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David v. Bayview Loan Servicing, LLC

United States District Court, N.D. Illinois, Eastern Division

March 3, 2017

GEORGE DAVID, Plaintiff,


          Robert M. Dow, Jr., United States District Judge

         This matter is before the Court on Defendant's motion [25] to dismiss Plaintiff's Second Amended Complaint [24] for lack of jurisdiction and for failure to state a claim. For the reasons stated below, Defendant's motion [25] is granted. Plaintiff's Second Amended Complaint fails to establish that the Court has jurisdiction over this suit. Plaintiff shall be given until April 7, 2017 to file a Third Amended Complaint. To survive dismissal, the Third Amended Complaint must either: 1) allege a viable federal claim under the Real Estate Settlement Procedures Act (“RESPA”), which would give the Court federal question jurisdiction over Plaintiff's lawsuit and allow the Court to exercise supplemental jurisdiction over Plaintiff's claim under the Illinois Consumer Fraud Act (“ICFA”); or 2) demonstrate that the amount in controversy in this suit is at least $75, 000 and that there is complete diversity among the parties. Defendant shall have until March 24, 2017 to file a statement with the Court identifying all the citizenship information necessary to determine whether complete diversity exists, as explained below.

         I. Background[1]

         In his Second Amended Complaint, Plaintiff alleges that Defendant violated the Fifth Amendment to the United States Constitution and the ICFA by depriving him of his home without due process. Plaintiff alleges that he is a citizen of Illinois, that Defendant is “a company incorporated in the state of Delaware, ” [24] at 1, that the amount in controversy exceeds $75, 000, and therefore that the Court has diversity jurisdiction over his claims.

         In 1987, Plaintiff's family purchased a four-unit apartment building located at 6522 N. Richmond Street in Chicago (the “Property”). Plaintiff lives (or lived) in the Property with his elderly mother, his brothers, their spouses, and their thirteen minor children. There was a mortgage on the Property, held by lender Taylor Bean & Whitaker.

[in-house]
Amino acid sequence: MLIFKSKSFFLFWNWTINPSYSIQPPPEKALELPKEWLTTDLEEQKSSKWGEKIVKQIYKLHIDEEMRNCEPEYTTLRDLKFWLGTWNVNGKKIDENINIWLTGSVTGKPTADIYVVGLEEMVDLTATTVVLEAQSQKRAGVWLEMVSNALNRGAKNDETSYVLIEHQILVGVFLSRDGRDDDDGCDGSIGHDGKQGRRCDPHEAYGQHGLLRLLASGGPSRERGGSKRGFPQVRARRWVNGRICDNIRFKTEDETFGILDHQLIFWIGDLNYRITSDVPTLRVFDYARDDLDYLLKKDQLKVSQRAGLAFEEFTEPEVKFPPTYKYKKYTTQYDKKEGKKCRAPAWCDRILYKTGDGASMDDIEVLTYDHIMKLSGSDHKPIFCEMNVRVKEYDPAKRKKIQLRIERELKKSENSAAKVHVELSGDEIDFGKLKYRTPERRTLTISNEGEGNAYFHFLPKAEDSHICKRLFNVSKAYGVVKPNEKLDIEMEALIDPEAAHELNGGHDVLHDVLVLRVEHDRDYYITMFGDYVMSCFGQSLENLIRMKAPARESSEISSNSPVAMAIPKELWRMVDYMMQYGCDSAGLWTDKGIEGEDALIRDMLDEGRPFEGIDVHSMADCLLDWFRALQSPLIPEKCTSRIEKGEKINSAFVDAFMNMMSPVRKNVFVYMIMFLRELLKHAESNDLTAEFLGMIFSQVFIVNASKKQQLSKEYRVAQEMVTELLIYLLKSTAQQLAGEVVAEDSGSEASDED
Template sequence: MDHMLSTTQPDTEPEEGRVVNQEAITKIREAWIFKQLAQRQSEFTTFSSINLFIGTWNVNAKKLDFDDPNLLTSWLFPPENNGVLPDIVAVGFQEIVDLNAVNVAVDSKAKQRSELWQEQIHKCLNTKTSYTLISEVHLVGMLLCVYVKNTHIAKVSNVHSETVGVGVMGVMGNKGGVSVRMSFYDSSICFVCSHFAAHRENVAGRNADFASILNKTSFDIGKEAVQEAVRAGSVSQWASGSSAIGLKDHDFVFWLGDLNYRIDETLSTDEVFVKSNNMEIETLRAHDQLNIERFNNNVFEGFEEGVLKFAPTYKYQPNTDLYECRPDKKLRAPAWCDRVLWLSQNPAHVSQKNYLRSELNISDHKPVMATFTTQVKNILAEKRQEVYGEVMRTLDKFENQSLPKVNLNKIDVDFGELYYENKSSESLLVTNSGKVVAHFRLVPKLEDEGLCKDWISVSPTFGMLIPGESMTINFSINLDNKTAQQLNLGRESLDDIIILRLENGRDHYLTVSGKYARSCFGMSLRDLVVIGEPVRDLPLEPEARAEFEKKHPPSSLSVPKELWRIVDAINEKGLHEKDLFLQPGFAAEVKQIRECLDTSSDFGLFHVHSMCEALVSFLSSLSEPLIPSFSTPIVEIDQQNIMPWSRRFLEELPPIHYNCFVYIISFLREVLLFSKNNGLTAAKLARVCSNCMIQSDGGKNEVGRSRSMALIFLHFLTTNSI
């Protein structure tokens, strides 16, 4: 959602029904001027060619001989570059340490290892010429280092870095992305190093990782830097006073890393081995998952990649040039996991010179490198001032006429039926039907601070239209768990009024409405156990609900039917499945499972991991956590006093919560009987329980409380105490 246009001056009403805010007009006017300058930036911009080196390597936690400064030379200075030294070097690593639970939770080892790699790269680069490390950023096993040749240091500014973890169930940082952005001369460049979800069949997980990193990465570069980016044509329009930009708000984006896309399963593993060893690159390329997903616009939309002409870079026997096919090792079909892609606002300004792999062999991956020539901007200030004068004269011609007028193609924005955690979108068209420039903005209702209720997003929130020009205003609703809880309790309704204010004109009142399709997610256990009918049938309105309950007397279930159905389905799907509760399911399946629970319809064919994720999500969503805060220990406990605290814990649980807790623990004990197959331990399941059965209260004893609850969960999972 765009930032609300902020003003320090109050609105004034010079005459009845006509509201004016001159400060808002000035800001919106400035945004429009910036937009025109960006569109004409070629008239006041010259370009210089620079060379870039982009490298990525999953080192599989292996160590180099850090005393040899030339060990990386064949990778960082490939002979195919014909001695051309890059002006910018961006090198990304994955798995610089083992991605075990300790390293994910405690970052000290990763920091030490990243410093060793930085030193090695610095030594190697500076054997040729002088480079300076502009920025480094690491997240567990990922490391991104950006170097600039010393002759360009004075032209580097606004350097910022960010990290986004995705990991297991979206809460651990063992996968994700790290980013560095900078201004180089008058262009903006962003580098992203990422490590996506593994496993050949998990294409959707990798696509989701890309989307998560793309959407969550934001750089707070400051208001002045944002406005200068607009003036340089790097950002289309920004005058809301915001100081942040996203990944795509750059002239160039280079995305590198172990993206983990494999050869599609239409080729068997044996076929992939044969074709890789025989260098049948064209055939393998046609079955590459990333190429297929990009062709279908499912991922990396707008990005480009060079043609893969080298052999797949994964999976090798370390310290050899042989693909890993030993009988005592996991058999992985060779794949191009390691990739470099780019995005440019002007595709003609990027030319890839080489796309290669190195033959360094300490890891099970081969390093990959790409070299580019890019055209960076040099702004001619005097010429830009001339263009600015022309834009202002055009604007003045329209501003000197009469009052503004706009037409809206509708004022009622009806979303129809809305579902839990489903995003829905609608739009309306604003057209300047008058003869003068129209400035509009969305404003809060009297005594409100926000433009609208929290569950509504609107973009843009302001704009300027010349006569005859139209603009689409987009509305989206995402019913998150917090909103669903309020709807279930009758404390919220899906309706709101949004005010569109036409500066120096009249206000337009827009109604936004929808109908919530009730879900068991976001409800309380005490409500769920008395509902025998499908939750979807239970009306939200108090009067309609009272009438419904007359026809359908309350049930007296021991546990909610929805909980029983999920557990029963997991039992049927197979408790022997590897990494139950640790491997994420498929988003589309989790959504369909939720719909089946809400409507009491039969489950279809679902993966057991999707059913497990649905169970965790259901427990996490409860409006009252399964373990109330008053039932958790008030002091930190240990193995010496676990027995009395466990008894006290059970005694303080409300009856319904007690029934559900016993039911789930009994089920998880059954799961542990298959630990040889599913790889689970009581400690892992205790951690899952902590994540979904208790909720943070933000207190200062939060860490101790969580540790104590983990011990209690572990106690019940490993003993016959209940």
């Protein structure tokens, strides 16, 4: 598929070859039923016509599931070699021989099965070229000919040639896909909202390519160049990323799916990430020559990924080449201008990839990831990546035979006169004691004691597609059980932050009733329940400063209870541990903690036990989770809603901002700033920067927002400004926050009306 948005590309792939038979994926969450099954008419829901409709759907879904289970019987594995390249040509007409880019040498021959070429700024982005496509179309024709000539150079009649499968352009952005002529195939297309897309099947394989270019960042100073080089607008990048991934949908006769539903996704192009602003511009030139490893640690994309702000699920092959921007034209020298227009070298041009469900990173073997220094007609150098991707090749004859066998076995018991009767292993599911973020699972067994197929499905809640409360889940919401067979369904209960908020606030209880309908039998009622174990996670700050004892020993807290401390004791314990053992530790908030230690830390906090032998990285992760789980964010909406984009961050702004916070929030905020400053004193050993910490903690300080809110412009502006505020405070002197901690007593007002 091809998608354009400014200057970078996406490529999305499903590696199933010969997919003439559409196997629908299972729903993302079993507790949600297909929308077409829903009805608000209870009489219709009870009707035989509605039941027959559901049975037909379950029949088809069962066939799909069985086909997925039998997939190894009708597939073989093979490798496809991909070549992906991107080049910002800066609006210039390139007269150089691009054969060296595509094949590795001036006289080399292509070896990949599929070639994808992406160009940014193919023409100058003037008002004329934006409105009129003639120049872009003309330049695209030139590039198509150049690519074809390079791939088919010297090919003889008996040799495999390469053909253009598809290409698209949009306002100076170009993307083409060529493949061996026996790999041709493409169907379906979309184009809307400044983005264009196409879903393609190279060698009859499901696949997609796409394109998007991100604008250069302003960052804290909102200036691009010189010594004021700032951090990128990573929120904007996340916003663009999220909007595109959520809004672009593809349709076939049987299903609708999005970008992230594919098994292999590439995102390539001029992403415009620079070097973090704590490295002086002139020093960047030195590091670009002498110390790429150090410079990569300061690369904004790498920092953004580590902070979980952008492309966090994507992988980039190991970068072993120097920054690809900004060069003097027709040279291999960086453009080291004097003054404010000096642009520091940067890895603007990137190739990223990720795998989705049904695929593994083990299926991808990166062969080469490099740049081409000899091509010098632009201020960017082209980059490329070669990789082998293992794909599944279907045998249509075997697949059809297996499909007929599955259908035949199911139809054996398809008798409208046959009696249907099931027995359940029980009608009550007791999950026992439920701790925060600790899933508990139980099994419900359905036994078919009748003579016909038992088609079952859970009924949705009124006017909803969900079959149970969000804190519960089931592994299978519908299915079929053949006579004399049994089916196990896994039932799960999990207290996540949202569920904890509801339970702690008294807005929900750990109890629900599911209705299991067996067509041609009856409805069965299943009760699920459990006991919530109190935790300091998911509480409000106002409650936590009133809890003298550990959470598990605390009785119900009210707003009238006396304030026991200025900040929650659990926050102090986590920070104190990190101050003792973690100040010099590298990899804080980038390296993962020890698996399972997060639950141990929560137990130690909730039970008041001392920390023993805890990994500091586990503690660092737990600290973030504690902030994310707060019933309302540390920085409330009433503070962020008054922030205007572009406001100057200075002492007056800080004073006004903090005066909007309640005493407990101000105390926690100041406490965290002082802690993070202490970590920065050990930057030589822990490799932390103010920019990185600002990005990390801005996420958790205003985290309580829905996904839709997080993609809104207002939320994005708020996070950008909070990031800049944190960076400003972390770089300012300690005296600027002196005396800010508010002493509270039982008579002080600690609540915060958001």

In May 2007, following months of illness, Plaintiff was admitted to the hospital and underwent multiple surgeries on his brain and back. Due to his illness, Plaintiff lost his family business and defaulted on his mortgage.

         Plaintiff sought to modify the mortgage through the federal Home Affordable Modification Program (“HAMP”). In March 2009, Plaintiff filed an application for modification with Taylor Bean & Whitaker. The application contained an “actual budget” and an “affordable proposed budget.” [24] at 5. In 2010, Taylor Bean & Whitaker went out of business and Defendant took over the mortgage. Plaintiff submitted two applications for modification to Defendant in 2010 and 2011 but did not receive any response from Defendant.

         On October 12, 2012, the Cook County Circuit Court entered a judgment of foreclosure against Plaintiff and ordered the Property sold.

         On November 8, 2012, Plaintiff filed another HAMP application for modification with Defendant. This application showed a total household income of $6382.00 and was supported by pay stubs, tax returns, and government issued benefits letters. Plaintiff alleges that throughout this process, he “was told by [Defendant's] representatives not to worry, ‘[Defendant] has an in-house program that qualifies homeowners based on their income.'” [24] at 6. Plaintiff “relied on [this] information” and “spent a large sum of his family's savings remodeling portion[s] of the property.” Id.

         On September 20, 2013, Plaintiff received a letter from Defendant informing him that he did not qualify for a loan modification because his “$2488.18 household income is outside the range of required income.” Id. Plaintiff complained to the Illinois and Florida Attorneys General. On October 17, 2013, Defendant requested that Plaintiff fill out a new application with supporting documents. Defendant insisted that the application must be completed by the next day. This deadline was impossible for Plaintiff to meet because the application involved several families. Id. at 6-7. Plaintiff submitted a new HAMP application and supporting documents to Defendant on October, 2013, showing a verified monthly income of $6766.00. Id.

         On October 25, 2013, Plaintiff filed an emergency motion in the Cook County Circuit Court seeking to stay the sale of the Property. Defendant voluntarily stopped the sale. The judge did not, as Plaintiff had expected, question Defendant about why it had rejected Plaintiff's HAMP applications. Id. at 7.

         On January 17, 2014, Plaintiff received an email from an employee of Defendant, Andre South, asking to verify his mother's address. South wrote to Plaintiff: “George the file looks good. We can get your income cleared if we resolve this one missing document[.]” [24] at 7.

         Plaintiff obtained a state identification card for his mother and verified her address with Defendant. Id. at 7-8.

         On February 7, 2014, Plaintiff received a letter from Defendant denying his HAMP application on the basis that his total gross income, which Defendant verified as $2, 497.90, was not high enough to make Plaintiff eligible for HAMP. Id. at 8. On February 10, 2016, the Cook County Circuit Court approved the sale of the Property and the Property was sold. See [24] at 8. Plaintiff is pursuing an appeal of the order approving sale in the Illinois ...

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